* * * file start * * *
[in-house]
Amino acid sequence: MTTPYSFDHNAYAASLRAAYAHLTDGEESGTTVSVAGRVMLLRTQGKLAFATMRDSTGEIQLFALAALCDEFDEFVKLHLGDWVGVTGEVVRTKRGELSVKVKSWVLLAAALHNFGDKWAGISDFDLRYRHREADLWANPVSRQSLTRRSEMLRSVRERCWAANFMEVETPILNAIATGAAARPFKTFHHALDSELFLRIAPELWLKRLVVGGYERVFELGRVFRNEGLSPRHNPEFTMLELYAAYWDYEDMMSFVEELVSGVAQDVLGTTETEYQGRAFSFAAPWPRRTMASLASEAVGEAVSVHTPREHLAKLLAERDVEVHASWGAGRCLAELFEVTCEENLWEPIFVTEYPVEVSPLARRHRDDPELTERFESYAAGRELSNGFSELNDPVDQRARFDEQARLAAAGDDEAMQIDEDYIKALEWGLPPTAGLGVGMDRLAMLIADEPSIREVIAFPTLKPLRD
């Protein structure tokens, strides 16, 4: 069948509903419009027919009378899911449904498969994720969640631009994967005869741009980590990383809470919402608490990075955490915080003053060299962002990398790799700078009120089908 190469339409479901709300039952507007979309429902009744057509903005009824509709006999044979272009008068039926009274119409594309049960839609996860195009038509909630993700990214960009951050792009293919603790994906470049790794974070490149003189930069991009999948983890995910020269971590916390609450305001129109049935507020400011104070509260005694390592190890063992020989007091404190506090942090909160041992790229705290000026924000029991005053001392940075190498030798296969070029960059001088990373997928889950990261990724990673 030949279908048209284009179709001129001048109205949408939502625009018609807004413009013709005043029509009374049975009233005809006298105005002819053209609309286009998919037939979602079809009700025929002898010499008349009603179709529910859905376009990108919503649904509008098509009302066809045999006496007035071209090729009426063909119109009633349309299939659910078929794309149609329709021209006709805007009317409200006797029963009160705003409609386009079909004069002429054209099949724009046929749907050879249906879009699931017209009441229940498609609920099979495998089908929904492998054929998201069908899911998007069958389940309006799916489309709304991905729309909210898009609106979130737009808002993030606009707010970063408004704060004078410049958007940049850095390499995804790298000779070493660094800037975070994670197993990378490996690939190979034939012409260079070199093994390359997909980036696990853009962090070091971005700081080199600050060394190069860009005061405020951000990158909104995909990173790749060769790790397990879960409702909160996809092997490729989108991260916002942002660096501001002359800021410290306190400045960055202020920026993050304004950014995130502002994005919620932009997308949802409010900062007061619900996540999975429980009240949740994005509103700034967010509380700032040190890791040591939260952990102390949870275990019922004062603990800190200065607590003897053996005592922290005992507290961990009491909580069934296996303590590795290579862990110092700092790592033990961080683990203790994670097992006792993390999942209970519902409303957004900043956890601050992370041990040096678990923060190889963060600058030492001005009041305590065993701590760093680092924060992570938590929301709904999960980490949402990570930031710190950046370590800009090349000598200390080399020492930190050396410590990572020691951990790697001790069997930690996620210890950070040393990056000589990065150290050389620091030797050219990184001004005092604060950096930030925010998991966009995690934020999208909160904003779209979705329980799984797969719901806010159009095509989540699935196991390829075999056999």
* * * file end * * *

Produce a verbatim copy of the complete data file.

[in-house]
Amino acid sequence: MTTPYSFDHNAYAASLRAAYAHLTDGEESGTTVSVAGRVMLLRTQGKLAFATMRDSTGEIQLFALAALCDEFDEFVKLHLGDWVGVTGEVVRTKRGELSVKVKSWVLLAAALHNFGDKWAGISDFDLRYRHREADLWANPVSRQSLTRRSEMLRSVRERCWAANFMEVETPILNAIATGAAARPFKTFHHALDSELFLRIAPELWLKRLVVGGYERVFELGRVFRNEGLSPRHNPEFTMLELYAAYWDYEDMMSFVEELVSGVAQDVLGTTETEYQGRAFSFAAPWPRRTMASLASEAVGEAVSVHTPREHLAKLLAERDVEVHASWGAGRCLAELFEVTCEENLWEPIFVTEYPVEVSPLARRHRDDPELTERFESYAAGRELSNGFSELNDPVDQRARFDEQARLAAAGDDEAMQIDEDYIKALEWGLPPTAGLGVGMDRLAMLIADEPSIREVIAFPTLKPLRD
């Protein structure tokens, strides 16, 4: 069948509903419009027919009378899911449904498969994720969640631009994967005869741009980590990383809470919402608490990075955490915080003053060299962002990398790799700078009120089908 190469339409479901709300039952507007979309429902009744057509903005009824509709006999044979272009008068039926009274119409594309049960839609996860195009038509909630993700990214960009951050792009293919603790994906470049790794974070490149003189930069991009999948983890995910020269971590916390609450305001129109049935507020400011104070509260005694390592190890063992020989007091404190506090942090909160041992790229705290000026924000029991005053001392940075190498030798296969070029960059001088990373997928889950990261990724990673 030949279908048209284009179709001129001048109205949408939502625009018609807004413009013709005043029509009374049975009233005809006298105005002819053209609309286009998919037939979602079809009700025929002898010499008349009603179709529910859905376009990108919503649904509008098509009302066809045999006496007035071209090729009426063909119109009633349309299939659910078929794309149609329709021209006709805007009317409200006797029963009160705003409609386009079909004069002429054209099949724009046929749907050879249906879009699931017209009441229940498609609920099979495998089908929904492998054929998201069908899911998007069958389940309006799916489309709304991905729309909210898009609106979130737009808002993030606009707010970063408004704060004078410049958007940049850095390499995804790298000779070493660094800037975070994670197993990378490996690939190979034939012409260079070199093994390359997909980036696990853009962090070091971005700081080199600050060394190069860009005061405020951000990158909104995909990173790749060769790790397990879960409702909160996809092997490729989108991260916002942002660096501001002359800021410290306190400045960055202020920026993050304004950014995130502002994005919620932009997308949802409010900062007061619900996540999975429980009240949740994005509103700034967010509380700032040190890791040591939260952990102390949870275990019922004062603990800190200065607590003897053996005592922290005992507290961990009491909580069934296996303590590795290579862990110092700092790592033990961080683990203790994670097992006792993390999942209970519902409303957004900043956890601050992370041990040096678990923060190889963060600058030492001005009041305590065993701590760093680092924060992570938590929301709904999960980490949402990570930031710190950046370590800009090349000598200390080399020492930190050396410590990572020691951990790697001790069997930690996620210890950070040393990056000589990065150290050389620091030797050219990184001004005092604060950096930030925010998991966009995690934020999208909160904003779209979705329980799984797969719901806010159009095509989540699935196991390829075999056999």